You may wish to see an introduction to this section first.
Miletus was once exceedingly powerful and illustrious. Its early navigators extended its commerce to remote regions. The whole Euxine Sea, the Propontis, Egypt, and other countries, were frequented by its ships, and settled by its colonies, (..) It withstood Darius, and refused to admit Alexander. It has been stiled the metropolis and head of Ionia; the bullwark of Asia; chief in war and peace; mighty by sea; the fertile mother, which had poured forth her sons to eyery quarter, counting not fewer than seventy-five cities descended from her (e.g. Sesamos/Amastri).
Richard Chandler - An account of a tour made at the expense of the Society of dilettanti - 1775
View of Miletus; the mountain behind the theatre (far left) housed the acropolis of Priene
At a quarter before eleven we turned slanting over the plain toward Palat or Miletus, which was in view. (..) We went on across the plain, with the theatre of Miletus in view before us. At ten minutes after one we were ferried over the Maeander, now called Mendres, in a triangular float, with a rope. (..) The water was smooth, but muddy. Miletus is a very mean place, but still called Palat or Palatia, The Palaces. (..) The whole site of the town, to a great extent, is spread with rubbish, and overrun with thickets. Chandler
Today Miletus is surrounded by a fertile coastal plain and its imposing theatre is no longer a reference point for seafarers.
The principal relic of its former magnificence is a ruined theatre, which is visible afar off, and was a most capacious edifice, measuring four hundred and fifty seven feet long. The external face of this vast fabric is marble, and the stones have a projection near the upper edge, which, we surmised, might contribute to the raising them with facility. The proscenium or front has been removed. The seats ranged, as usual, on the slope of the hill, and a few of them remain. The vaults, which supported the extremities, with the arches or avenues in the two wings, are constructed with such solidity, as not easily to be demolished. The entrance of the vault or substruction, on the left side, was filled up with soil; but we examined that next the river. Chandler
The theatre seen from above; see also the image used as background for this page
The original theatre exploited the slope of the hill to obtain a series of benches; the current building is the result of a major enlargement which occurred in the IInd century AD. The new benches were supported by walls and terraces and the audience could easily enter or leave the theatre via large vomitoria, passages situated behind the cavea, the seating section. The theatre could house an audience of 15,000; the representatives of the emperor or the highest magistrates of Miletus sat in a central loggia. The audience had an outstanding view over the western harbour and on the bay. You may wish to see the theatres of Aspendos and Orange which have retained the wall behind the stage.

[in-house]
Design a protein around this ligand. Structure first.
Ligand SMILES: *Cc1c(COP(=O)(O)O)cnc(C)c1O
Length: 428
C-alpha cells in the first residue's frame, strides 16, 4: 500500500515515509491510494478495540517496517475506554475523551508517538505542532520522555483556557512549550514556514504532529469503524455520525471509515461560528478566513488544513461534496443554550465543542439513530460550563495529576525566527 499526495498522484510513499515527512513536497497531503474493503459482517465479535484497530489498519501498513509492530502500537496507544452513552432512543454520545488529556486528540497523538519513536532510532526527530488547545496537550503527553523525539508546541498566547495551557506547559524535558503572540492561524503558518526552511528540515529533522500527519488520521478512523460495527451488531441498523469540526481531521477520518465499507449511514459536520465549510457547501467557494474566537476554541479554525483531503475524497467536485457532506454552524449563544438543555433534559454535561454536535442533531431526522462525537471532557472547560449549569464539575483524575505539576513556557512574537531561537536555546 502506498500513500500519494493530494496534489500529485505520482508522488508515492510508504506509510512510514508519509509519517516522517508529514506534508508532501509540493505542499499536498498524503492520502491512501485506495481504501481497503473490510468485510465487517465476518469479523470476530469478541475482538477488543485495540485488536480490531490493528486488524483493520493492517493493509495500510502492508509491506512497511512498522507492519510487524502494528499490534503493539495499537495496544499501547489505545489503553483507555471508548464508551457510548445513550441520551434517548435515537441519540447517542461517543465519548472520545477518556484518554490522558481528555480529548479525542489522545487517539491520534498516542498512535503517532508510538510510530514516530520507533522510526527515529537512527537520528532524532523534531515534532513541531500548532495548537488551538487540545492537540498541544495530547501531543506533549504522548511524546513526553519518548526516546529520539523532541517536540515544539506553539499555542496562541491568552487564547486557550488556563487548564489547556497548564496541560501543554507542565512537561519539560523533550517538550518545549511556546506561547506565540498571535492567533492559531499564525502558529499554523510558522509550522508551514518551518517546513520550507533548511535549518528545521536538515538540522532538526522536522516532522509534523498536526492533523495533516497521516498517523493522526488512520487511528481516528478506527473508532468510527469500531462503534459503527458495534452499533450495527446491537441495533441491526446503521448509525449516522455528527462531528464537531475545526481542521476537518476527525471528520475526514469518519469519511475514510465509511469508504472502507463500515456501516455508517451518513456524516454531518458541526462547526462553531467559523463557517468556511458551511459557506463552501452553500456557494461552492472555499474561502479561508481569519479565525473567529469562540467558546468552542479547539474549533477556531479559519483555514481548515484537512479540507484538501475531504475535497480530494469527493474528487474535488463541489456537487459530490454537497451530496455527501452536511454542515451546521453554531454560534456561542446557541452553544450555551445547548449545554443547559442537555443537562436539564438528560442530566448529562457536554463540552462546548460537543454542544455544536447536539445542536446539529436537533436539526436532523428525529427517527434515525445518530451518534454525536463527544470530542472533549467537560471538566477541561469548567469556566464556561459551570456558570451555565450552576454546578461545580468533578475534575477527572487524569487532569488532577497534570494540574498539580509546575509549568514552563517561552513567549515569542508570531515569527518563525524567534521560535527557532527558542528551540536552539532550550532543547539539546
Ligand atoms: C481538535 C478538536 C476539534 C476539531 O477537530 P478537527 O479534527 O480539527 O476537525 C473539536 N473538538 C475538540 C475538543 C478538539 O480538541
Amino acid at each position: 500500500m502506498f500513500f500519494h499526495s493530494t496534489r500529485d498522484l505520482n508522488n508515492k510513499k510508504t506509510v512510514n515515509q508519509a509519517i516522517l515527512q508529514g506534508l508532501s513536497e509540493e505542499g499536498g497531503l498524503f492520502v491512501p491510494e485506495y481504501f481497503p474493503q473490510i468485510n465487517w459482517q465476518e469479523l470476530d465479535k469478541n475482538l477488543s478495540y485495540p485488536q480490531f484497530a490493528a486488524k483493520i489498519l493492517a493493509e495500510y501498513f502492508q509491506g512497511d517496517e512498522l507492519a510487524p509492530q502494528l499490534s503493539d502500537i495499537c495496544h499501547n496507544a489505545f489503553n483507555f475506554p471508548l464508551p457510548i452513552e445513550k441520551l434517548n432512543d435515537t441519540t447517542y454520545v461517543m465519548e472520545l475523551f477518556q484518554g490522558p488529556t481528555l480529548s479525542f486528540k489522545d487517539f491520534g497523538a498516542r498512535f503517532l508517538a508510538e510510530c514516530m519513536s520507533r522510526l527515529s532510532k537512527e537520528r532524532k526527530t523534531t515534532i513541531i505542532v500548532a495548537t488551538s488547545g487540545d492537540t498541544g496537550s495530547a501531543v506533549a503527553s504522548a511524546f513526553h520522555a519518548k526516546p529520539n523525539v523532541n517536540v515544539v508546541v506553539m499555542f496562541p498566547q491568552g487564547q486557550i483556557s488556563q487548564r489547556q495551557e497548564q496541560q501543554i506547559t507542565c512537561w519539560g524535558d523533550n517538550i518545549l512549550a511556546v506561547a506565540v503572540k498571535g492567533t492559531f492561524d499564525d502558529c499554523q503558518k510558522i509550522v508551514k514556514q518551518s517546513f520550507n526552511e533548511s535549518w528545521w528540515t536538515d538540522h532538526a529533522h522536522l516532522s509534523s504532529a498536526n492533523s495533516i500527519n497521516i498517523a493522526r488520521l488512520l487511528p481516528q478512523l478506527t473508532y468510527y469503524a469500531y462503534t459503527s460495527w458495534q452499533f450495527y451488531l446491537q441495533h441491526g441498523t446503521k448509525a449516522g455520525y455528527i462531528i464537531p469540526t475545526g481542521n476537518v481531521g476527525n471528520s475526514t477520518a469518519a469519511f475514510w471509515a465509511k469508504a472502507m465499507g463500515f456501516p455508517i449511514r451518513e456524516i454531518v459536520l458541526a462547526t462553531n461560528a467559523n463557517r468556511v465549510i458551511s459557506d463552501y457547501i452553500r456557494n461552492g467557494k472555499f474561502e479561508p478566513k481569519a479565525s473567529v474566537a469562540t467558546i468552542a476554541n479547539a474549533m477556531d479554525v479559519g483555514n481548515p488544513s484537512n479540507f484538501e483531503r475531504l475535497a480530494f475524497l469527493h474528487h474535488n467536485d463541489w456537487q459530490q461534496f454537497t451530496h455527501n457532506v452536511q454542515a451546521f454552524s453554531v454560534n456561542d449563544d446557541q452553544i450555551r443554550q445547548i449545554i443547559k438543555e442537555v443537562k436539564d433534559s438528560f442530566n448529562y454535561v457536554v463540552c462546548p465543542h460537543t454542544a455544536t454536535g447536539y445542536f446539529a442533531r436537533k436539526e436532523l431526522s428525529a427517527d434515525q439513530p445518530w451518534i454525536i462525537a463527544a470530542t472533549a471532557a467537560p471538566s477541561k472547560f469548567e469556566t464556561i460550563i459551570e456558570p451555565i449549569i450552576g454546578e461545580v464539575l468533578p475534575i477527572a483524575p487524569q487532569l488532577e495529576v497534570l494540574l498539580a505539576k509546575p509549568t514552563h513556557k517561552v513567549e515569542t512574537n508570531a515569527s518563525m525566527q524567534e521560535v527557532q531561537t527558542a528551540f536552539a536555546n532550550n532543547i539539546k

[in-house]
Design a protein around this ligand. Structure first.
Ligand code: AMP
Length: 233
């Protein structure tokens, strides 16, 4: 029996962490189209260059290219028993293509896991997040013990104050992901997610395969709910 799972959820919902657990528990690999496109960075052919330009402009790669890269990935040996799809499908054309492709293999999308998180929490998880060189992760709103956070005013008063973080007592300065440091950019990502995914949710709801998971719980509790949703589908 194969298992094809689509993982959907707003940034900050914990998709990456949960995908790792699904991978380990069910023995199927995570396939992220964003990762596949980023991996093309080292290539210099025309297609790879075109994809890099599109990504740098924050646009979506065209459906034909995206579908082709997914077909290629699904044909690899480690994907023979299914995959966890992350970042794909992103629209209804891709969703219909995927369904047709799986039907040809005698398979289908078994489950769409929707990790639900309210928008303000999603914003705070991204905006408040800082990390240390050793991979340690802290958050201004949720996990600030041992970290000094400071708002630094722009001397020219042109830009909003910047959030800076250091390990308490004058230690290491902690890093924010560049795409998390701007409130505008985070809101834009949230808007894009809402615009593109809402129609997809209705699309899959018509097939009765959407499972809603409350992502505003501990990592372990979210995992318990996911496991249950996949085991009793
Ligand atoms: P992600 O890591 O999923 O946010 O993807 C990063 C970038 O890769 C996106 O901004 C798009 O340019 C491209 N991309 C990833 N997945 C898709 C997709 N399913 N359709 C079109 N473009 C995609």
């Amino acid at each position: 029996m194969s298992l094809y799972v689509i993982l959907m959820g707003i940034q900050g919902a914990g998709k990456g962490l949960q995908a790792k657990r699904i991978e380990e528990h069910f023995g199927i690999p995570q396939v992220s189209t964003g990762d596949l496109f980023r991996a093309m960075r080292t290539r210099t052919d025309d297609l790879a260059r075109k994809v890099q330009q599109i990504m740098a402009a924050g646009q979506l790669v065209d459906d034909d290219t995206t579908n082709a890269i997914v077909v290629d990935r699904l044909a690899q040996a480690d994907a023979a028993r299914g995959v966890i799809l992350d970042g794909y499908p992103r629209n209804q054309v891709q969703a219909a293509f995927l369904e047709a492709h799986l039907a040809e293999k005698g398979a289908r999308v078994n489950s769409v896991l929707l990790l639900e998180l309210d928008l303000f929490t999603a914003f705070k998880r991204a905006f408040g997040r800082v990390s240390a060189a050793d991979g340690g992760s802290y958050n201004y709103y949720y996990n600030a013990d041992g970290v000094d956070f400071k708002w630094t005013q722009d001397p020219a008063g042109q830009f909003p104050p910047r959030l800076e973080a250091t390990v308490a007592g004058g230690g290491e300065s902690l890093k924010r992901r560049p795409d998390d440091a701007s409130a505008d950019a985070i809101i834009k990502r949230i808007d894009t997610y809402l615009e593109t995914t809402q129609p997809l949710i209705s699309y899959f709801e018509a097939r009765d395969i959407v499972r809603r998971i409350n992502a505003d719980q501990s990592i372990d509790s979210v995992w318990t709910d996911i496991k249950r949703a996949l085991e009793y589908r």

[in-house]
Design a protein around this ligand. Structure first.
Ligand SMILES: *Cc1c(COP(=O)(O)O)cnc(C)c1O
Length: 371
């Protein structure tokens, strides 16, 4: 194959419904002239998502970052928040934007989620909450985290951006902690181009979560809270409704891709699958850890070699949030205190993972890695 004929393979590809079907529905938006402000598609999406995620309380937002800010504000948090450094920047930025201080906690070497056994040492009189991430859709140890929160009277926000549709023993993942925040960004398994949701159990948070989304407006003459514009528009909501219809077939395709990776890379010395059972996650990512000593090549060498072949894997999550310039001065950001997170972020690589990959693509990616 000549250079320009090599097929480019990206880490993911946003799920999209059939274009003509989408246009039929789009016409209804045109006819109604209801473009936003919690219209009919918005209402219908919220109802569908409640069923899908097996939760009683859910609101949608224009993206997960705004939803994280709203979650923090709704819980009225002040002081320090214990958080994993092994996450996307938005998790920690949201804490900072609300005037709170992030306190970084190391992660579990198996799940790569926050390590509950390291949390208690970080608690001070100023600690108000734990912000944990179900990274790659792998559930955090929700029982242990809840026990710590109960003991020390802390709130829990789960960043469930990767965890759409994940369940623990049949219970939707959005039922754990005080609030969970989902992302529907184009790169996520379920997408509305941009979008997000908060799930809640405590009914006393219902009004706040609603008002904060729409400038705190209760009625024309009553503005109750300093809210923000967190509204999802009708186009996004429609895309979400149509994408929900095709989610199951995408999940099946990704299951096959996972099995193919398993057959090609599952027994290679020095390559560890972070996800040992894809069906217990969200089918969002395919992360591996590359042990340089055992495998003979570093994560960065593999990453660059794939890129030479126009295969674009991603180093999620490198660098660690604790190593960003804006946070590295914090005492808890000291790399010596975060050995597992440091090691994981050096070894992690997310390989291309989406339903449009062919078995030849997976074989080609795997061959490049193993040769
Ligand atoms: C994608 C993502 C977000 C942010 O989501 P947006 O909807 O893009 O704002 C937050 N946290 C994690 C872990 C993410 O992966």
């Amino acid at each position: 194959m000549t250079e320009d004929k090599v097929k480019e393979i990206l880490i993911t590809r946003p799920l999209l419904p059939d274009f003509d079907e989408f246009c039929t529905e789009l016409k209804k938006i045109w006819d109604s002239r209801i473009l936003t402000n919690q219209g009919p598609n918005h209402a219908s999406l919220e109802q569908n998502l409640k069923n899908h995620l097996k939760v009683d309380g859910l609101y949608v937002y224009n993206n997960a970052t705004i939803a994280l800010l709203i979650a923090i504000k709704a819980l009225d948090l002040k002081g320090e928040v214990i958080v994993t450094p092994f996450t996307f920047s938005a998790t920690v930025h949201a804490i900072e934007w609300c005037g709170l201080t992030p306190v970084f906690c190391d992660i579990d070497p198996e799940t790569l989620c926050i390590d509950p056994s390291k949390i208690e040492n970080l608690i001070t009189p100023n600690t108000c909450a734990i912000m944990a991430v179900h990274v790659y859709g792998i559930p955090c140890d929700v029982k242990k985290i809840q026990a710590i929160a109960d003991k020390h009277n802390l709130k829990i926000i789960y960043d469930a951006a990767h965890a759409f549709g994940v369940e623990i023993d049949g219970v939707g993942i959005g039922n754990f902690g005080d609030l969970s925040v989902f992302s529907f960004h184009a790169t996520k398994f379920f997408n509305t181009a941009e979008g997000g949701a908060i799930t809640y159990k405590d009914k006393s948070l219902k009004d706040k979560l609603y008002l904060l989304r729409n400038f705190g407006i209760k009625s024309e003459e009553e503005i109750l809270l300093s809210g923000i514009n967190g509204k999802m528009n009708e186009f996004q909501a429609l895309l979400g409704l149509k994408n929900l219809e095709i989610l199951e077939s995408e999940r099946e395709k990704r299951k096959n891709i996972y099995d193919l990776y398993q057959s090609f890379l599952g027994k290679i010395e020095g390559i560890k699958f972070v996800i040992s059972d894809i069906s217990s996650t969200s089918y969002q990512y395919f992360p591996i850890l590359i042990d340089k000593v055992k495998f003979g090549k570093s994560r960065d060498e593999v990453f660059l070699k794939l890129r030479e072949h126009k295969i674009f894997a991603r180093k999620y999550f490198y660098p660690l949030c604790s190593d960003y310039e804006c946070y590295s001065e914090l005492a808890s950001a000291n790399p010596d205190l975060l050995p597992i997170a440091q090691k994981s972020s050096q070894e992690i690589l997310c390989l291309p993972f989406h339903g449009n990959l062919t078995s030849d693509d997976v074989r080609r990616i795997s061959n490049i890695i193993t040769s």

(left) A capital near the theatre; (right) decoration of a pillar
The elaborate decoration of the theatre is typical of the IInd century; the capitals combine elements of the Ionic and Corinthian orders and in addition have an egg-and-dart ornamentation between the volutes (see an egg-and-dart frieze in the cornice of the Hadrianeum in Rome). Some pillars were decorated with mermaids, a recognition of the importance of the sea to Miletus.
The eastern harbour
Miletus was probably once on a headland or island
in a bay or lake, for its hills rise out of the perfectly
dead flat of the valley of the Maeander, which at this
point is about ten miles across. (..) The land here is almost wholly pasture or swamp; and
the river, which is deep but not broad, by its winding course shows the origin of our term for that peculiarity. (..) Its waters
bring down a large quantity of mud and sand, and this
deposit going on for ages doubtless accounts for the